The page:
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MHI's "Vero4DRT," Japan's First Radiation Therapy Equipment with Dynamic Tracking System, Begins Treatment of Liver Cancer at Kyoto University Hospital

No.1633
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Tokyo, March 12, 2013 - The "Vero4DRT," highly advanced radiation therapy equipment with a dynamic tracking system developed by Mitsubishi Heavy Industries, Ltd. (MHI), has begun radiotherapy for liver cancer at Kyoto University Hospital in Kyoto, complementing its earlier application for treatment of lung cancer. MHI developed the Vero4DRT under the product name "MHI-TM2000 Linear Accelerator." Based on more than one year of positive results using the Vero4DRT in treatment of lung cancer, the hospital now also expects significant effectiveness in real-time dynamic tracking and irradiation of liver cancer, in which exact positioning of the tumor is considered difficult. It launched liver cancer radiotherapy using the Vero4DRT on March 1, an event that marks Japan's first application of dynamically tracked irradiation for liver cancer with real-time monitoring.

MHI's
In radiotherapy cancer treatment, it is important to deliver the radiation beams to the tumor with exact precision, in order to minimize adverse effects on normal cells in the surrounding region. However, because the position of a tumor constantly shifts inside the body due to respiration, irradiation while monitoring tumor movement in real time has posed a great challenge. With the highly advanced Vero4DRT's real-time dynamic irradiation system, tracking can be performed with high accuracy, enabling precise, uninterrupted X-ray irradiation of the targeted tumor. As such, it minimizes side effects that may occur in normal cells while also significantly reducing the burdens on both the patient and medical staff.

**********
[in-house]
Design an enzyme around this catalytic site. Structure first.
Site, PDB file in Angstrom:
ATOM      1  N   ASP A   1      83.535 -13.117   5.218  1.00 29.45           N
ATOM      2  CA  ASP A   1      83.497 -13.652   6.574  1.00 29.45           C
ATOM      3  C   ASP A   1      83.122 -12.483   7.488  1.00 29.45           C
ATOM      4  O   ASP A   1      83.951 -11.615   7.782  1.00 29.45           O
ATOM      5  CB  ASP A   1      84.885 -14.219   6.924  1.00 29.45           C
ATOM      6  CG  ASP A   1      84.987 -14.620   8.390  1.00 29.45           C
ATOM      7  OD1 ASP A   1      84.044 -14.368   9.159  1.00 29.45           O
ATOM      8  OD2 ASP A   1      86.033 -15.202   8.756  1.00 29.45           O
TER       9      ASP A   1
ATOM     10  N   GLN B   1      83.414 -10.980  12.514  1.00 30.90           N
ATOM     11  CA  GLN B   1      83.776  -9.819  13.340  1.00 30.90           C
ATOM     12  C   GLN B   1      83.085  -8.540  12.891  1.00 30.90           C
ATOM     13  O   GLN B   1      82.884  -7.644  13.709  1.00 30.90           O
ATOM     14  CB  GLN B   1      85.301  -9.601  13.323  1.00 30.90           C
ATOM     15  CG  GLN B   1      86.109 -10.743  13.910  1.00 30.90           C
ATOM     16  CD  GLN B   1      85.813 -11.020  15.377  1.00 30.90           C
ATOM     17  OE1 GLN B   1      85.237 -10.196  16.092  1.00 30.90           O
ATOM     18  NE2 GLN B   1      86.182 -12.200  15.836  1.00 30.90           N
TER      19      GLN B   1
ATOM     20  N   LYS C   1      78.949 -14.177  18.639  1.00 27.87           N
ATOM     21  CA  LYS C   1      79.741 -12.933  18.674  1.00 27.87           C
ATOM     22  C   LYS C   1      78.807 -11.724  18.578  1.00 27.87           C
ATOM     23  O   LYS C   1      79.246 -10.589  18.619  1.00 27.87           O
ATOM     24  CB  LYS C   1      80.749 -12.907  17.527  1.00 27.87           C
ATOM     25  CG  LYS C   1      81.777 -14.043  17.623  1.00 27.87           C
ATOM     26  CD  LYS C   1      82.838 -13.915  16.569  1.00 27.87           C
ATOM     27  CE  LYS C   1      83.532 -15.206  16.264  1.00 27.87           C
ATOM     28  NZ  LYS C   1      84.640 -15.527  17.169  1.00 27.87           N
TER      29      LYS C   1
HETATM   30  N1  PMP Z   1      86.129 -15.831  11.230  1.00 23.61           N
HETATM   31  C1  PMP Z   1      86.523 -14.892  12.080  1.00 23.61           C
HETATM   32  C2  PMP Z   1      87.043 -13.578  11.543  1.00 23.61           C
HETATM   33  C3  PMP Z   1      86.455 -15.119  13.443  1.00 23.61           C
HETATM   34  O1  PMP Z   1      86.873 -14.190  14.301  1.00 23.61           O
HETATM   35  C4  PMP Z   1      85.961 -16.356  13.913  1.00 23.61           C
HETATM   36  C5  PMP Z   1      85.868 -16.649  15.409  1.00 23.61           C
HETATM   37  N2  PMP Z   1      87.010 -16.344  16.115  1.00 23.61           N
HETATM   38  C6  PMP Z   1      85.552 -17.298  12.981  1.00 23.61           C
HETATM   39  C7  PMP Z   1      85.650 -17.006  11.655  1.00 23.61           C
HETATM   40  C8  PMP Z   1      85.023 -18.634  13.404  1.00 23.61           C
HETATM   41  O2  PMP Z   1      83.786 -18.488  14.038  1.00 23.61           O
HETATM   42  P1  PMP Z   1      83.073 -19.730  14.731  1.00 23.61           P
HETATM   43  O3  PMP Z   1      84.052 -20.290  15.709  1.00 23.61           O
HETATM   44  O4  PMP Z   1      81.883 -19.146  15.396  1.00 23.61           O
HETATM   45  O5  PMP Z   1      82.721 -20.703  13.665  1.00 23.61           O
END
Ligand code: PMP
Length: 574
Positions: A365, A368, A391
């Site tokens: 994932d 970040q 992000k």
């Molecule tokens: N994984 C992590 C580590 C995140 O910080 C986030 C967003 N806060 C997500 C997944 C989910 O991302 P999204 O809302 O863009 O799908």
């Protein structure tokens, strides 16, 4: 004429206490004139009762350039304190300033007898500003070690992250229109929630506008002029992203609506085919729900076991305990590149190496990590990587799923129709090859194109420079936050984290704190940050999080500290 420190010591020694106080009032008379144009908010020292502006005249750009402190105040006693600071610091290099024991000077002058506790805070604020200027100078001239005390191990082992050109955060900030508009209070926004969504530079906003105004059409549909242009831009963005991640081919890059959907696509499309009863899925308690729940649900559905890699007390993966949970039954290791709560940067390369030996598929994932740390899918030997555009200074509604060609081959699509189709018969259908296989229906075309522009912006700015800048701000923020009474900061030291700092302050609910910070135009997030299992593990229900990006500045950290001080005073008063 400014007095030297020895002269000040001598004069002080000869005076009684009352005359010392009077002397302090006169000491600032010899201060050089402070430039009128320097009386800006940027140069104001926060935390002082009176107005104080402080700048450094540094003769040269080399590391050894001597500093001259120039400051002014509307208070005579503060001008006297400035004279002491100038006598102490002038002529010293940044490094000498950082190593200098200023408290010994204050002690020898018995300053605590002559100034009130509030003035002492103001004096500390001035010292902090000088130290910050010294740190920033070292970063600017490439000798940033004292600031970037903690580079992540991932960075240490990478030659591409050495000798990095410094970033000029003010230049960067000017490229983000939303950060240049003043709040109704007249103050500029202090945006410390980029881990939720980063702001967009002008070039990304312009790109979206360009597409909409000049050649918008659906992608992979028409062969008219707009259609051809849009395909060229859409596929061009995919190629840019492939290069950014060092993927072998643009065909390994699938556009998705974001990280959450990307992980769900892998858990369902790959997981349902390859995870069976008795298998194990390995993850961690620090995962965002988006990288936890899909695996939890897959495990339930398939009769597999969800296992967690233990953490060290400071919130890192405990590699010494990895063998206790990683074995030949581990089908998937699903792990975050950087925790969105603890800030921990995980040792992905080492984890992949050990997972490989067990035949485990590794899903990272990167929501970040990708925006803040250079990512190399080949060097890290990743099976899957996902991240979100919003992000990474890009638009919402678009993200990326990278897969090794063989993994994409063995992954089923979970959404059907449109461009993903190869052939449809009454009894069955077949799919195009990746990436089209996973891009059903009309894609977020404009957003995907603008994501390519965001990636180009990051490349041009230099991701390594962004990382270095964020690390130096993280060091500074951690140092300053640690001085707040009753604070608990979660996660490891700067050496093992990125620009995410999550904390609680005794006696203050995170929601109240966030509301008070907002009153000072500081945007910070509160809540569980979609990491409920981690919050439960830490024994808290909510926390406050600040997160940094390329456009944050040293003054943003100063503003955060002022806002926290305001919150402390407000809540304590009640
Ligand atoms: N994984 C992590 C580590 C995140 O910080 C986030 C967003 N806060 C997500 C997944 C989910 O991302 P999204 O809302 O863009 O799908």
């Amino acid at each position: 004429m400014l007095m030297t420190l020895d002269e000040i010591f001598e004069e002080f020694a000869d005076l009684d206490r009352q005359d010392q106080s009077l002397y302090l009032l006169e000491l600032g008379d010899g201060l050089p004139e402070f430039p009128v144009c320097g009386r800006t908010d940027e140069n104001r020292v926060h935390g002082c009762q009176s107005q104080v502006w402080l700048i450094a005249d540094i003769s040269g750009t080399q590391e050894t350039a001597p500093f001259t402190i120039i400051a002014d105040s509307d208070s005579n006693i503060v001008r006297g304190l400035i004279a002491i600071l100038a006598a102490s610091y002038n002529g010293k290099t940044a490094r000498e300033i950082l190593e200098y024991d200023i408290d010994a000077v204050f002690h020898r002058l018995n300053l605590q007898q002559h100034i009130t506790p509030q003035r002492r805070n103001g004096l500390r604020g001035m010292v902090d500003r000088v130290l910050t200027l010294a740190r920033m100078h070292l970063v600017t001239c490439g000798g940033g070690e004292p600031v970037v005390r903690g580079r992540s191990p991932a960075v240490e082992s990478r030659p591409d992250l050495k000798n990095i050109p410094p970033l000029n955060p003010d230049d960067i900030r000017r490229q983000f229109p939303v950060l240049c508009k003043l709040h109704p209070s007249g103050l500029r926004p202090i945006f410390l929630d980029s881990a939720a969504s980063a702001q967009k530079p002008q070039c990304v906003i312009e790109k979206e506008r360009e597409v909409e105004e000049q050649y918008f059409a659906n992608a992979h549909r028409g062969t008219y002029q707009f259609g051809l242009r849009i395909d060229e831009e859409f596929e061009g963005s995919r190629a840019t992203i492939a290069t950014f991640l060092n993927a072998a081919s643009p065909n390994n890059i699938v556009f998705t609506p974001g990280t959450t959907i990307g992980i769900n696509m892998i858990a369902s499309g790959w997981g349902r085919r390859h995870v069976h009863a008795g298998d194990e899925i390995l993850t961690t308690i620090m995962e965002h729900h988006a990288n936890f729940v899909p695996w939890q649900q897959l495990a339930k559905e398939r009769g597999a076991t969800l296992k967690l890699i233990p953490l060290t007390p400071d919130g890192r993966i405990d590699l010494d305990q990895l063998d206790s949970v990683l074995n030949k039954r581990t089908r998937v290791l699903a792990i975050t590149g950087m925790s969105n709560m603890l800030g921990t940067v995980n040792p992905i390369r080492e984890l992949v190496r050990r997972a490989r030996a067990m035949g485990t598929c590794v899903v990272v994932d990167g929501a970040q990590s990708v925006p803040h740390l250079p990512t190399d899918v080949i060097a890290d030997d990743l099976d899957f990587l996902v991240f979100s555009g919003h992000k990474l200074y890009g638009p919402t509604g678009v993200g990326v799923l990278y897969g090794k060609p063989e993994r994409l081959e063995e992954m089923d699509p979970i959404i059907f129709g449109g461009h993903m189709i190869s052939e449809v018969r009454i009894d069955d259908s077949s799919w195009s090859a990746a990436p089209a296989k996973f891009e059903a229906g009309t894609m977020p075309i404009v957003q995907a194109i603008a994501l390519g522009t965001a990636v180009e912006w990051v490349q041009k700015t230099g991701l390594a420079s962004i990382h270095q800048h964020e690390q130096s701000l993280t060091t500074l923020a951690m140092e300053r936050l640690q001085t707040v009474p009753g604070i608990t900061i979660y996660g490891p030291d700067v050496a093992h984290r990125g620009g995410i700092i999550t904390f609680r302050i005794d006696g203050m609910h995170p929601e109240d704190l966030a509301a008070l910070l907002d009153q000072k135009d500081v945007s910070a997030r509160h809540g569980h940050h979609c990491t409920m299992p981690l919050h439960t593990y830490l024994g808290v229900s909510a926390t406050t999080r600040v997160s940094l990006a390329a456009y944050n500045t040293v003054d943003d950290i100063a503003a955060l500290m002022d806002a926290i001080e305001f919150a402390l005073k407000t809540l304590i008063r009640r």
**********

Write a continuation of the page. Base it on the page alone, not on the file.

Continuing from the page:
When radiotherapy is applied for internal organs, sometimes the irradiation system must accommodate implanted markers, which vary from organ to organ. Expanded use of the Vero4DRT for treating liver cancer has become possible because the system accommodates new markers approved in Japan. Studies are now under way toward further application of the Vero4DRT to treat pancreatic cancer, which is considered even more difficult.

MHI developed the Vero4DRT with support from two projects carried out under the auspices of the New Energy and Industrial Technology Development Organization (NEDO). One project promotes research and development of basic technologies, while the other promotes the development of commercially viable next-generation strategic technologies. Kyoto University and the Institute of Biomedical Research and Innovation (IBRI) cooperated with MHI in the medical aspects of system development.

MHI entered the medical equipment field on full scale after obtaining approval for manufacturing and marketing the MHI-TM2000 from the Japanese Ministry of Health, Labor and Welfare in January 2008. Authorization of this machine, renamed the Vero4DRT, and its dynamic tracking irradiation system was received in 2010. Since then MHI has aggressively conducted related marketing activities both within Japan and abroad. Going forward the company will further strengthen these activities in a quest to expand this area of business, and it expects the number of hospitals and institutions to adopt the new radiotherapy method will increase progressively as more advanced medical treatments become increasingly common.